Recipe For The Perfect Venison Sausage

Ethical hunters and venison lovers could find it challenging to use all their deer meat, and a good venison sausage recipe offers the perfect way to preserve meat for use in phenomenal dishes for several months. You could choose to make breakfast sausage, summer sausage, pepperoni or smoked sausage, but using venison requires making a few adjustments to recipes.

Game meats have strong flavors, which add distinctive qualities to sausage, but you might want to increase the spices to achieve flavor balance. Lean meat offers healthier eating when used for steaks and roasts, but sausage, in all its incarnations, requires fat. Deer meat has very little fat, and the fat has an overpowering gamey flavor, so the best sausage uses pork or beef fat. Add enough pork shoulder or fat to increase the fat level to 20% of the total meat mixture.

Venison Sausage Recipe


6 lb. cubed venison, 1-inch cubes

4 lb. cubed pork, 1-inch cubes

1 lb. cubed suet

3 tbsp. salt

1 tbsp. black pepper

1 tsp. cayenne pepper

2 tbsp. onion powder

2 tbsp. powdered dextrose

1 tbsp. garlic powder or 2 tbsp. fresh minced garlic

1 tbsp. cumin

1 tsp. paprika

1 tsp. sage

1 tsp. thyme

1 tsp. basil

2 tsp. garlic powder

Sausage casings

Optional nitrite powder: 2 teaspoons Prague Powder #1

Preparation Technique:

Use 3/8-inch grinder plate for breakfast sausage or a 3/16-inch fine plate for smoked venison sausage. Grind chilled meat and fat, then mix with the other ingredients. You might start with half of the spices, fry a test batch and adjust seasonings to your taste and preferred level of heat. Always return meat to refrigeration while testing flavors.

Nitrites keep sausage from spoiling during long smoking processes. Follow the package directions to see how much to add. Cure #1 is the most commonly used, but manufacturers use different strengths of sodium nitrite, so you must follow directions. If smoking meat to 170-degrees, you don’t need to add a cure, but most sausage makers prefer 152-degree maximum smoke temperatures for the best quality texture.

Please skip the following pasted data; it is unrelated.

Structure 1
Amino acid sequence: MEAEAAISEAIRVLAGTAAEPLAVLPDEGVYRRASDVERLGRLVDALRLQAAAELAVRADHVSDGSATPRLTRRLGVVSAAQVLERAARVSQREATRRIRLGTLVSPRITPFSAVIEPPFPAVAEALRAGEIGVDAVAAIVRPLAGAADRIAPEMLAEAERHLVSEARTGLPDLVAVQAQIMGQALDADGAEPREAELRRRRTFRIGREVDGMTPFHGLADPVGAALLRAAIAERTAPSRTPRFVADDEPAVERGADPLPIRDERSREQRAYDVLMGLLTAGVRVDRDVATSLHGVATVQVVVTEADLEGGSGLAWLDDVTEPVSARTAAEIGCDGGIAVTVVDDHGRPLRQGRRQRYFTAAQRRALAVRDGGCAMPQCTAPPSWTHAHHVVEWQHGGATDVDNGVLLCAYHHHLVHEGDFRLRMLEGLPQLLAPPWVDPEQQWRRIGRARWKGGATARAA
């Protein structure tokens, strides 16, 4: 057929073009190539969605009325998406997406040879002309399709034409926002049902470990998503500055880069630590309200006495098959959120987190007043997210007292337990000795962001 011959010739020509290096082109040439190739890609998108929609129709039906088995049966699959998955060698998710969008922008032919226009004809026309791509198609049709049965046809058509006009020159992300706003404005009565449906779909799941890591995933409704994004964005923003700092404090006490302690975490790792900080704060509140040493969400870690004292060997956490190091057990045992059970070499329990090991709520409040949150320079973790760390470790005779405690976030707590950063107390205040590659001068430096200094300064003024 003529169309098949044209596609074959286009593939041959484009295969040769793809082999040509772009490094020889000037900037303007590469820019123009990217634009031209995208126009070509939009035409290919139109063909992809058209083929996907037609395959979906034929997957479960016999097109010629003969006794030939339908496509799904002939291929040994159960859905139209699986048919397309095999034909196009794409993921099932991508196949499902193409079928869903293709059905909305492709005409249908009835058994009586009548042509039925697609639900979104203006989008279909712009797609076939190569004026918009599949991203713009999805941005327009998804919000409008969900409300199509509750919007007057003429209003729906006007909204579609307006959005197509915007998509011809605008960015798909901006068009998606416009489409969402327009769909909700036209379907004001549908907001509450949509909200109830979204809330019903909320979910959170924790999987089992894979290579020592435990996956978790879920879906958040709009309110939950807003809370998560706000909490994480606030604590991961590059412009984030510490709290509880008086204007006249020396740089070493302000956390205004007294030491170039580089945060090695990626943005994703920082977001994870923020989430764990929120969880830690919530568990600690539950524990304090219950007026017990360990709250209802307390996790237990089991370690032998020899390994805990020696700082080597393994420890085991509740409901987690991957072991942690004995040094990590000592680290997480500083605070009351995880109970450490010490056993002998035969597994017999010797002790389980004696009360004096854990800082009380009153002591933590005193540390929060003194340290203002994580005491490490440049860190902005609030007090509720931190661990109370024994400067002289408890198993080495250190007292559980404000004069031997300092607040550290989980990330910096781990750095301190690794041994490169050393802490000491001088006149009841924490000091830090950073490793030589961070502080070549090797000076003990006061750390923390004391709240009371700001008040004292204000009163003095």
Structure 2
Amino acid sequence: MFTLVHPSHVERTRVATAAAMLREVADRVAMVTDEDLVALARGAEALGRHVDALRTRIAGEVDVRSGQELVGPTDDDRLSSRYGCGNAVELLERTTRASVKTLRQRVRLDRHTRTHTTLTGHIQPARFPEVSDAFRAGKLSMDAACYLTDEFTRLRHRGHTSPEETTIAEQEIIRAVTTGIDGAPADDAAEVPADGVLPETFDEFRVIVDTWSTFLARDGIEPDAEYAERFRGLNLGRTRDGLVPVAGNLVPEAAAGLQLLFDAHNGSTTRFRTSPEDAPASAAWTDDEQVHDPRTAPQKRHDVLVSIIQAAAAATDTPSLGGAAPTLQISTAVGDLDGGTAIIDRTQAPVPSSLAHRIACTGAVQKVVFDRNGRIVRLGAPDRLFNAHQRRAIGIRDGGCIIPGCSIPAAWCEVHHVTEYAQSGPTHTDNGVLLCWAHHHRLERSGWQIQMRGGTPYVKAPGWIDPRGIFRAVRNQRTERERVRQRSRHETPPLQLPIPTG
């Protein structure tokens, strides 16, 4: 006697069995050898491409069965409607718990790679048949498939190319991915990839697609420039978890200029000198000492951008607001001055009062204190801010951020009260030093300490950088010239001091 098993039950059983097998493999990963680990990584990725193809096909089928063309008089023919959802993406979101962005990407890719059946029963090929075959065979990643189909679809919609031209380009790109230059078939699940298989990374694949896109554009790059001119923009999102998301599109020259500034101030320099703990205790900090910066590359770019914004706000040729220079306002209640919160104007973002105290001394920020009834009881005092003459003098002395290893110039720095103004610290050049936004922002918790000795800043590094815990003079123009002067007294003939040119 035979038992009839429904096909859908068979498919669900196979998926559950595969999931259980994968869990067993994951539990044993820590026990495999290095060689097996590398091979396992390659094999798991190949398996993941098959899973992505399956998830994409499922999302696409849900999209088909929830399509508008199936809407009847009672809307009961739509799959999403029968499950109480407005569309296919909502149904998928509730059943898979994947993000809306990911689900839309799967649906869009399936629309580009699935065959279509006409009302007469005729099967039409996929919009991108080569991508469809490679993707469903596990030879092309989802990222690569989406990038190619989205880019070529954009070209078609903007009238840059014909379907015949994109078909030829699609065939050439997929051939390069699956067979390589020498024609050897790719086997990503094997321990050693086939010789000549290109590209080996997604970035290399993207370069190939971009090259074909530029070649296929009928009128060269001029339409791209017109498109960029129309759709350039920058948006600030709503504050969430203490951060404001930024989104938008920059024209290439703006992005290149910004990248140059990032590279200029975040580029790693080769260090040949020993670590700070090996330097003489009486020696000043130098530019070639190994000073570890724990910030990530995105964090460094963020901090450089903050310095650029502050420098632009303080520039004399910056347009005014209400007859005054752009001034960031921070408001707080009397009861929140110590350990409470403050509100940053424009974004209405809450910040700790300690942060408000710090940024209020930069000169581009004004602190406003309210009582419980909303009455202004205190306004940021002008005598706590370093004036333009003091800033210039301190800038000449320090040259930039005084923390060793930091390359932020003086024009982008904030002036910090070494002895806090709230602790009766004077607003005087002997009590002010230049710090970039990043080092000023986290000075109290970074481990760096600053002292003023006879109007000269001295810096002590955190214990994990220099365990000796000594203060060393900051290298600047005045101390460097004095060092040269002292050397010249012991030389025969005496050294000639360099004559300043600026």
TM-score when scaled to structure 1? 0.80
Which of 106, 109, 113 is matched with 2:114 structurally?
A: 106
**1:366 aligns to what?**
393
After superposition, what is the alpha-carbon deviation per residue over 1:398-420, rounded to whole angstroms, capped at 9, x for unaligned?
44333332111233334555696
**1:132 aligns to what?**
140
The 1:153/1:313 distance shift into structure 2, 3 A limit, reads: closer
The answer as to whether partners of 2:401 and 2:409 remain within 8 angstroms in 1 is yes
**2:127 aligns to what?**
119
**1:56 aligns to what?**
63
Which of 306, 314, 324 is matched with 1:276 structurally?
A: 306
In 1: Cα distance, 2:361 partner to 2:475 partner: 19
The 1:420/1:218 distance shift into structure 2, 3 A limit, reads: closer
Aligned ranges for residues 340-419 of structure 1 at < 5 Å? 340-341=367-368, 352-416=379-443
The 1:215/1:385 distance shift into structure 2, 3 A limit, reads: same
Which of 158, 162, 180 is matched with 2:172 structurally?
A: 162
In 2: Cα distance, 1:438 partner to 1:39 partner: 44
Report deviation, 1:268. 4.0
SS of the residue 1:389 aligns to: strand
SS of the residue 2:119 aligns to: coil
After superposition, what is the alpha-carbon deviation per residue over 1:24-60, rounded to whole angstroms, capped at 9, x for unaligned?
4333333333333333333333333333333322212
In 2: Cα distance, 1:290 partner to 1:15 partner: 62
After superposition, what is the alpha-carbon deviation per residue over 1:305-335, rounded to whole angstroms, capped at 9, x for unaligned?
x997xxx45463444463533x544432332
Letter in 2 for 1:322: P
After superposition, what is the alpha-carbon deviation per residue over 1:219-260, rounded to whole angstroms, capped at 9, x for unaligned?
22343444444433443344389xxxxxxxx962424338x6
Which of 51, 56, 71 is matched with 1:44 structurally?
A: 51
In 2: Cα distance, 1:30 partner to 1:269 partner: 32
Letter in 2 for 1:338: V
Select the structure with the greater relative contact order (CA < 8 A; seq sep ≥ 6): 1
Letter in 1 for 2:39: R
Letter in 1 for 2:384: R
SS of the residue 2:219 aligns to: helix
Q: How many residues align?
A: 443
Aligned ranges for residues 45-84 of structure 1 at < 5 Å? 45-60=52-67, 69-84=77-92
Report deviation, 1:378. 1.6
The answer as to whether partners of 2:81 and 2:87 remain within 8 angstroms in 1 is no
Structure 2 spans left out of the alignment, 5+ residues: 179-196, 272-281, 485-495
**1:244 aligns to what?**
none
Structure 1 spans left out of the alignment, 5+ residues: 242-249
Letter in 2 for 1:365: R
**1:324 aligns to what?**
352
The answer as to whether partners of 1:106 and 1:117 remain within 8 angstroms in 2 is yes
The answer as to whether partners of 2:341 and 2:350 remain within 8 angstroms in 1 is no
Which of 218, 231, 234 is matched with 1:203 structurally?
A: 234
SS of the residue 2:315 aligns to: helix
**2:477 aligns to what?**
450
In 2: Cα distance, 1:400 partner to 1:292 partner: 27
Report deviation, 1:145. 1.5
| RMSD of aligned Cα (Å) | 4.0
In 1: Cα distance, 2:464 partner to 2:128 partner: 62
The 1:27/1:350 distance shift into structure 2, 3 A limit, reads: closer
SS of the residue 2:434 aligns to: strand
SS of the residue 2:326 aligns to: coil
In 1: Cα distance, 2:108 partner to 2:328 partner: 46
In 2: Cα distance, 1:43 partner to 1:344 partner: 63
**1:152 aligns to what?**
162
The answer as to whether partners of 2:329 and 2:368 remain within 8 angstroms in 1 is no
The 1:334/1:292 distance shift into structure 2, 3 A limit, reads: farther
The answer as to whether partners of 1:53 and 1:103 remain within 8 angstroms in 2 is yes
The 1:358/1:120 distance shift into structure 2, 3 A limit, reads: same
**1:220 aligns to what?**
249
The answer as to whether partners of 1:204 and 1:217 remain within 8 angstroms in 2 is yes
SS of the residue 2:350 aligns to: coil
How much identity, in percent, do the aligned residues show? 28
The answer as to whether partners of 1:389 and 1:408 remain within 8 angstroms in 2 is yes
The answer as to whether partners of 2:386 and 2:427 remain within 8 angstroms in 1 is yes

– Soak natural or synthetic sausage casings in water to soften them and remove preservative salt.

– Load the casings on the sausage-stuffer to make smoked venison sausage or breakfast sausage links.

– Allow sausages to hang and dry at room temperature for 45 minutes after stuffing.

– You can dry sausages further for 45 minutes on low heat or 120-degrees in the smoker. Don’t use smoke yet because it would be wasted on wet sausage.

– Adjust smoker to 160 to 170-degrees and smoke the venison smoked sausage for 28 to 30 hours, or until internal temperature reaches 152-degrees Fahrenheit.

Refrigerate or freeze the sausage after smoking. If you don’t have a smoker, you could add liquid smoke to the meat mixture and boil or bake the sausages. If baking, wrap them in aluminum foil and bake them in a slow oven, between 6–7 hours at warm temperature settings between 160 and 200-degrees Fahrenheit. Oven-cure the venison smoked sausage recipe until the internal temperature reaches 152-degrees. You can use your smoked venison sausage in any recipe calling for smoked sausage.